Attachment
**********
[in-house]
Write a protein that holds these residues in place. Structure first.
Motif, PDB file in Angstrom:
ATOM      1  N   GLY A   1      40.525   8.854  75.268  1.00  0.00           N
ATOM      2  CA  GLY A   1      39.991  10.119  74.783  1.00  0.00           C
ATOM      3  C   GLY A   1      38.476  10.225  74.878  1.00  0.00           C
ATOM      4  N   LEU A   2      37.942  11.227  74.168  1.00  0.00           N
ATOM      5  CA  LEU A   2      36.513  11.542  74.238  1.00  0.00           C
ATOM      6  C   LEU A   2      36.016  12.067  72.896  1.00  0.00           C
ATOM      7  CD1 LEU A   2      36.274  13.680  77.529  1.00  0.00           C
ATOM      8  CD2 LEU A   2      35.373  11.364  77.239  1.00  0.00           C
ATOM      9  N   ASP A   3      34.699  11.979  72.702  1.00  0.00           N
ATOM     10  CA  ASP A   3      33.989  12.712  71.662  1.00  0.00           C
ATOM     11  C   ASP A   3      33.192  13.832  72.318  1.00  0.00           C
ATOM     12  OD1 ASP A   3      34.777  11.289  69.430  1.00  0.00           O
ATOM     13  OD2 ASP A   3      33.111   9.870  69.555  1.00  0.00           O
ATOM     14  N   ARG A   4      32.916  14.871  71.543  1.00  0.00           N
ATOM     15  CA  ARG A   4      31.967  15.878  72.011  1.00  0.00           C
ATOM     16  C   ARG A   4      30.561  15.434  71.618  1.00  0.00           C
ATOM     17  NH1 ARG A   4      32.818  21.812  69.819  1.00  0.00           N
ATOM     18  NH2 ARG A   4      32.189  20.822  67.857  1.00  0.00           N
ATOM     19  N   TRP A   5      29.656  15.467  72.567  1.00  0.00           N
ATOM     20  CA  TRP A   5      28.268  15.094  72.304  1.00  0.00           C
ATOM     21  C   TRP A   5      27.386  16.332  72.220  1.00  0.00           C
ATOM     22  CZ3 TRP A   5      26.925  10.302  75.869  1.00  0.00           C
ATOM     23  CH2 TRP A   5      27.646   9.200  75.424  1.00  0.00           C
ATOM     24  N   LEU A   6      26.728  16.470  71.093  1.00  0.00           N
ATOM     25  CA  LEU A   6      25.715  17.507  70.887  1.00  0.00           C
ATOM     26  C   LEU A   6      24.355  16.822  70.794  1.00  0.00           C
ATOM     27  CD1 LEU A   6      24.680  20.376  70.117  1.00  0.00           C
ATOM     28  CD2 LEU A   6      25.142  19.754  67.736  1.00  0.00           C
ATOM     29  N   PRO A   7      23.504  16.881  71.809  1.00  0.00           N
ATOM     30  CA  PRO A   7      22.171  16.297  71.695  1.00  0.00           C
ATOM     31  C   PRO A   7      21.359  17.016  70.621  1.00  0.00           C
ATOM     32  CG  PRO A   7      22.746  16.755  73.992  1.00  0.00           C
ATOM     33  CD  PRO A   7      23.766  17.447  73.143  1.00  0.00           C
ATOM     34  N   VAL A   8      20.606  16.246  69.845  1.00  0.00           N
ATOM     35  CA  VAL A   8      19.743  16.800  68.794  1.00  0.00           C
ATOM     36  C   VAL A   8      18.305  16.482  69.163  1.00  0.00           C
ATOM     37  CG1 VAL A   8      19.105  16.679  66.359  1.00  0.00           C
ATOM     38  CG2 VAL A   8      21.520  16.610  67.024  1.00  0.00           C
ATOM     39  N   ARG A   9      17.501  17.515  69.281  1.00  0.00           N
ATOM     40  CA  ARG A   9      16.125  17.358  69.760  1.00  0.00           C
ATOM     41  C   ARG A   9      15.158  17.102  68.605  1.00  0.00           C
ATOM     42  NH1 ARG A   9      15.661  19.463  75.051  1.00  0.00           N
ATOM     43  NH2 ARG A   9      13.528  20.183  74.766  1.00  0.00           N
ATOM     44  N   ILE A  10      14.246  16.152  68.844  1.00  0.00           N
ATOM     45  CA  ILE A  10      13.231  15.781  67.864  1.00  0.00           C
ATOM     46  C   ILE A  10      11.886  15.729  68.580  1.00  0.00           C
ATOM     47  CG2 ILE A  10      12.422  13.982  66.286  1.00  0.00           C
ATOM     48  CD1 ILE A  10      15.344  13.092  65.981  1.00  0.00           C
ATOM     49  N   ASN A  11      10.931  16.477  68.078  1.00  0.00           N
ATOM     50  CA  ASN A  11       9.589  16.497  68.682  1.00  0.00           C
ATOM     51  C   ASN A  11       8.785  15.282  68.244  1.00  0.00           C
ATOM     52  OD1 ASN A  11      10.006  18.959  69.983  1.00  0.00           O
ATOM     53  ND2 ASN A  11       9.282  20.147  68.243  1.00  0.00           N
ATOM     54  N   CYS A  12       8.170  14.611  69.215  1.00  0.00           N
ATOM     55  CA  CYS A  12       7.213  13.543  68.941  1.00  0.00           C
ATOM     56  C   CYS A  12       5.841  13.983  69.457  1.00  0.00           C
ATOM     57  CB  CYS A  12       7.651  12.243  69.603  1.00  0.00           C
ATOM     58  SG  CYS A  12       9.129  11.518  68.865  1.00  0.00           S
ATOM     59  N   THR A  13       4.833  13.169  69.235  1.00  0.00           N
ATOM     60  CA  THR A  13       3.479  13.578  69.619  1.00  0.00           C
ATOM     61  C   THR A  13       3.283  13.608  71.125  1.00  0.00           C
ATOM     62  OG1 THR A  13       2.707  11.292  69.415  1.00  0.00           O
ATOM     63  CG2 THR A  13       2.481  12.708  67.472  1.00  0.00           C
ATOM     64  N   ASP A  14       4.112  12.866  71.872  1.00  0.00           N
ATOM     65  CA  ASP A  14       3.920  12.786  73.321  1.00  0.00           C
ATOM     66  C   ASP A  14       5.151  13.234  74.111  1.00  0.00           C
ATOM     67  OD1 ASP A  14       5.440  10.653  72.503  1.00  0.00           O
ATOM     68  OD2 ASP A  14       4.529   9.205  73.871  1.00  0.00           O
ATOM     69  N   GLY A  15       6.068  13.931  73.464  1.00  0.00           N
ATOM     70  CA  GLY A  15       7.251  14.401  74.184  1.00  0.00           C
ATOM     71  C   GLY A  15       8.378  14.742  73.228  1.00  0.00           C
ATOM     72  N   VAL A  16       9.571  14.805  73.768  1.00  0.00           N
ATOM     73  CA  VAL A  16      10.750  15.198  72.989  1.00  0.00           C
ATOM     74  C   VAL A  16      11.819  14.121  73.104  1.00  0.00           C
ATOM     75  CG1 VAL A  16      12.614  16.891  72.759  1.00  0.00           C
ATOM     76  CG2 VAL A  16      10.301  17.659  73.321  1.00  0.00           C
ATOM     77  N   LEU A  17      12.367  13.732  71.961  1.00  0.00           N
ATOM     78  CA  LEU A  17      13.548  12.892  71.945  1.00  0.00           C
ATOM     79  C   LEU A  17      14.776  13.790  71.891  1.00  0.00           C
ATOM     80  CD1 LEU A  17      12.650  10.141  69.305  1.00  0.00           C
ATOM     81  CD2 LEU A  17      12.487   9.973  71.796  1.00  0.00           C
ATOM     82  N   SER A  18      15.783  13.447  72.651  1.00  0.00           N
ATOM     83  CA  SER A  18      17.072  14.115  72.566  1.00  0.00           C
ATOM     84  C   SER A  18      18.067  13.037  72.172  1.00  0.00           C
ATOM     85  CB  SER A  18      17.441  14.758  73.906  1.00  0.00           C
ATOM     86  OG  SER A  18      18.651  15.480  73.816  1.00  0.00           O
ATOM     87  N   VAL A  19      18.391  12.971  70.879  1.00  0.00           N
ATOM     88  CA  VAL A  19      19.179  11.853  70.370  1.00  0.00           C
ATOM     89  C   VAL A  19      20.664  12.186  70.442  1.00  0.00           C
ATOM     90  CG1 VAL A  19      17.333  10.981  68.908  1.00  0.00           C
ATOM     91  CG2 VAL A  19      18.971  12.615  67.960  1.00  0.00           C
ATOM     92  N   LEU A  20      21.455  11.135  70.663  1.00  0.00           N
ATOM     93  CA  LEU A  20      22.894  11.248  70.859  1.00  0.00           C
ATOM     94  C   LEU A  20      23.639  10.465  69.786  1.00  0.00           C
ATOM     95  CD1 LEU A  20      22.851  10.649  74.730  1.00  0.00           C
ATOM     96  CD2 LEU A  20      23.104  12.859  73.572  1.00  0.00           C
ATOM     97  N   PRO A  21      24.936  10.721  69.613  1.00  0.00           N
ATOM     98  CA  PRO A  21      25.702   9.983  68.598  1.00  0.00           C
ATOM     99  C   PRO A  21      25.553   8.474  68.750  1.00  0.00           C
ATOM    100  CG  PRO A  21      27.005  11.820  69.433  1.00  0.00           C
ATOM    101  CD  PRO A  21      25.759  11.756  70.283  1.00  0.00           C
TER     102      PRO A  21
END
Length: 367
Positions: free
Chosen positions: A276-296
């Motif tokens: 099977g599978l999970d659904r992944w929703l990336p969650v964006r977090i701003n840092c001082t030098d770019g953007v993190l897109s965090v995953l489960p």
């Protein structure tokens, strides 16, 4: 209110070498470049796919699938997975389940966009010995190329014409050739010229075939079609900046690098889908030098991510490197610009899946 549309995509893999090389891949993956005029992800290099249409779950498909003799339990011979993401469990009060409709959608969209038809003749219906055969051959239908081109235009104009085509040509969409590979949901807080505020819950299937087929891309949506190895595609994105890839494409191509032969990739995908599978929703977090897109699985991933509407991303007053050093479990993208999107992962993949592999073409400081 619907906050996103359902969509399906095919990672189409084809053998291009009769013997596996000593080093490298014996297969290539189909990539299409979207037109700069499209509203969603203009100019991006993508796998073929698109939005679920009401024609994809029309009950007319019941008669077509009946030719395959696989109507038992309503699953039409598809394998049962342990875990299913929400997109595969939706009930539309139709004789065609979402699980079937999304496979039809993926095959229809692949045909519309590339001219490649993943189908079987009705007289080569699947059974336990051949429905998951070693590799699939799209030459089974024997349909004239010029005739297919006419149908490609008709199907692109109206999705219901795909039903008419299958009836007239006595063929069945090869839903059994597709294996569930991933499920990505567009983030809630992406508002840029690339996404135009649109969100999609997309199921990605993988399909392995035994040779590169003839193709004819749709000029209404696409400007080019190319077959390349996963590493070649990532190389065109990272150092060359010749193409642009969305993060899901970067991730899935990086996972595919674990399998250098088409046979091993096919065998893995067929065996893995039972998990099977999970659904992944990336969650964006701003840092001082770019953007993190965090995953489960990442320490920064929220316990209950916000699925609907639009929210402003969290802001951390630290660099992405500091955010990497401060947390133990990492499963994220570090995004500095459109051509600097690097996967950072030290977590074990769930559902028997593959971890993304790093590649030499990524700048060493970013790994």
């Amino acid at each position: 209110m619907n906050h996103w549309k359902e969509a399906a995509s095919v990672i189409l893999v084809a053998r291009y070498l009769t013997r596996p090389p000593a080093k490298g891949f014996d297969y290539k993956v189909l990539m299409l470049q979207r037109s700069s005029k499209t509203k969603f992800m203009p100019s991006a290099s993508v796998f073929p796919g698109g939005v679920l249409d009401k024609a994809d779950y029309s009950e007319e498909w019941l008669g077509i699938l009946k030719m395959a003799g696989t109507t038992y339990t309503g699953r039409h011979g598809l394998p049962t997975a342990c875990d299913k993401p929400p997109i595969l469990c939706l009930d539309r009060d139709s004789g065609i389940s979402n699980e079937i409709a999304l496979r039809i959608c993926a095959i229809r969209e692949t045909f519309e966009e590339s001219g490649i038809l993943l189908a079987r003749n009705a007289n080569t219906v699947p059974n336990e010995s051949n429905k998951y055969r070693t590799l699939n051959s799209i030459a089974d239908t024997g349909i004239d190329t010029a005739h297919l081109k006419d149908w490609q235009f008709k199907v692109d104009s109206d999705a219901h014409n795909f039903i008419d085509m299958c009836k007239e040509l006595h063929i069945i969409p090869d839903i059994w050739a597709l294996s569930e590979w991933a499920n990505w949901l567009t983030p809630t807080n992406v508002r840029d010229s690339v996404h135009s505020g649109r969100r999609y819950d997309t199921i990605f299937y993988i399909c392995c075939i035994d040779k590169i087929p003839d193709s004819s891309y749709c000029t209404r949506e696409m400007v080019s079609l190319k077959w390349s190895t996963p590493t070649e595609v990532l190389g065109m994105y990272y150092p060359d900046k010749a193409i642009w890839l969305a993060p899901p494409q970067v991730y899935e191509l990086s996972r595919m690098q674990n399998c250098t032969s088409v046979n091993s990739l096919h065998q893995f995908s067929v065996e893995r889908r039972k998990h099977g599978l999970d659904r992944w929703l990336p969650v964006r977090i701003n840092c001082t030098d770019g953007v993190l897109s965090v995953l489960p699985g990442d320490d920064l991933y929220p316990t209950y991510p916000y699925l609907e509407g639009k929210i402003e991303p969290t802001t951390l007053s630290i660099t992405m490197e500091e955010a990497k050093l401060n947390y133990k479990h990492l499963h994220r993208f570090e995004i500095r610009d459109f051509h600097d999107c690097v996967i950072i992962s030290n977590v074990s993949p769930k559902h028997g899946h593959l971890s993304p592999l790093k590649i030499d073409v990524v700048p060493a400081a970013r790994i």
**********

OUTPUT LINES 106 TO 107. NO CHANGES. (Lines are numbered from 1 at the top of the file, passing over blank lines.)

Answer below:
END
Length: 367